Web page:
COVID has now apparently peaked in the UK, but it will be some time before the supply chain returns to normal, writes Steve Rawlins, Chief Executive Officer of Anglia Components,

Even in China, where COVID-19 cases peaked back in February and are now relatively low, manufacturing is still not back to full strength.

There remain challenges with getting staff into factories and the need to adopt new working practices to comply with social distancing guidance could mean production capacities not returning to pre-COVID-19 levels for the foreseeable future.

Many suppliers’ manufacturing capacity was badly impacted for periods due to full or partial shutdowns, creating a backlog of orders.

On top of this, additional demand for products from medical applications and the return of the predicted usual business demand returning in Q3/4 will mean that distribution channel inventories will get depleted even further than they are now.

There are still massive shortages of chip MLCC and chip Tantalum capacitors. This is exacerbated by the fact that the market in 2019 was flat, so that many manufacturers have not invested in capacity and in some cases even mothballed facilities.

On semiconductors, microcontroller and MEMS lead-times have now moved out and many are on 30 weeks+.

There are currently long delays on back-end packaging, particularly on the very popular SOT23 package and derivatives.

Power semiconductors such as SiC, IGBT and MOSFET, are in demand for electric vehicles and charging stations, and as a result we are seeing some longer lead-times on these too.  Our expectation is for lead-times to increase further in the coming months with the possibility of allocation on certain products.

It is already very apparent that Coronavirus has pitilessly exposed the fragility of the supply chain in our industry.

The simple fact is that there is not enough inventory in the system and much of it is held too far from the UK customer.

Anglia does hold high levels of stock in the UK which puts us in a good position to support our customers through the current issues and we are continuing to invest to meet the expected increase in demand. Our policy is to run with high levels of inventory in relation to our overall business.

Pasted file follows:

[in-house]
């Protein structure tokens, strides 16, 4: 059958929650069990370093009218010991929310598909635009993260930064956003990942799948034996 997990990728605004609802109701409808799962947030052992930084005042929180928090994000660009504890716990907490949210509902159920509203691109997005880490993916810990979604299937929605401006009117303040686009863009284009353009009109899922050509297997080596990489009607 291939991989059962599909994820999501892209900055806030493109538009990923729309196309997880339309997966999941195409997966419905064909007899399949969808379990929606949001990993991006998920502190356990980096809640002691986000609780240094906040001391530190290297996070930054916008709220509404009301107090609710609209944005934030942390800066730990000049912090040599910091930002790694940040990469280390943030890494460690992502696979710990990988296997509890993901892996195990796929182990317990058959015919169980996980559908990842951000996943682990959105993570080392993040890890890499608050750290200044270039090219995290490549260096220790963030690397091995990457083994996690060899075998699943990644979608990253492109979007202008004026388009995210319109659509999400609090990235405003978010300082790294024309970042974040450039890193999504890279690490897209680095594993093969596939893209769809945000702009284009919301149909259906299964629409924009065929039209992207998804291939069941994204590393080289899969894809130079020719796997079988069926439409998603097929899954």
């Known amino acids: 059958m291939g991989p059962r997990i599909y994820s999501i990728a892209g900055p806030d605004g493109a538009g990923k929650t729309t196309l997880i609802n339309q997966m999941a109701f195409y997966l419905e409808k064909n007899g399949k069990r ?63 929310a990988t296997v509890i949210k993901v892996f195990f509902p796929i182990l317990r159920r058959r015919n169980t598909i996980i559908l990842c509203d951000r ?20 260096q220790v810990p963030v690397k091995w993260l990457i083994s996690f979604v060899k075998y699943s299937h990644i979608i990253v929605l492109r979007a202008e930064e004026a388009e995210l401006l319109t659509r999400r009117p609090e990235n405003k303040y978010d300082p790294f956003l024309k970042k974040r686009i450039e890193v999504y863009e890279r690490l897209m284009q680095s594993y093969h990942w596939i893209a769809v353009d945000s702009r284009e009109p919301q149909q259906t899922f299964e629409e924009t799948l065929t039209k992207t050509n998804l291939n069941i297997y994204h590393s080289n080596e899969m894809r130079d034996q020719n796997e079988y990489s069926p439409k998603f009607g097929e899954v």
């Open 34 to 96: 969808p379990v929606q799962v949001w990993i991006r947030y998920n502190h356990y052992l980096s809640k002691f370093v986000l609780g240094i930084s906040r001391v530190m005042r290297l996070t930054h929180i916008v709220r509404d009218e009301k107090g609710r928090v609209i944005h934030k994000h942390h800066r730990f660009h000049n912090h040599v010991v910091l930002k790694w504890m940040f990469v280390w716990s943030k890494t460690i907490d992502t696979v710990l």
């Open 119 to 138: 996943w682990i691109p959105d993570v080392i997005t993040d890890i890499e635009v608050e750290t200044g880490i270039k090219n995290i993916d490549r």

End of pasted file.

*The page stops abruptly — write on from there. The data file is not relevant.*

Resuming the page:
We operate with a stock turn of near to one, holding inventory at a level of 50% of our annual sales. This is five-six times the level of the industry norm – but we are a stronger business for it.

Even where our stock becomes depleted, we do not believe in sourcing outside our usual supplier base, giving our customers an assurance of the integrity of their supply chain and the quality of devices they source from us.

We would rather not supply than deliver a product of unknown provenance.

Where we can, we will expand our supplier base instead. For example we have signed a new partnership with Walsin, a top five manufacturer of MLCCs which has led to an overall enlargement of the inventory level we hold of these currently scarce devices as well as the addition of a further source for our customers.

Nevertheless, the fact remains that right now there is not a great deal of inventory in the supply chain globally, which reduces the resilience of our industry. This is clearly demonstrated by the significant demand that Anglia is seeing from Chinese distributors, EMS and OEMs, but we are carefully protecting our inventory for  our valued UK customers.

We know from experience that demand from China to meet shortage leads to similar demand patterns in Europe within a quarter. We would encourage UK OEMs and EMS, however, to get orders and inventories in place for their Q3/4 requirements.

We are working closely with all our supply partners with production and/or logistics facilities in the impacted regions to identify any potential disruptions to the supply chain, and to maintain our stocks to support customer demand. The better visibility we have of what our customers’ mid- to long-term requirements are, the more successful we will be in fulfilling them.


Comments are closed.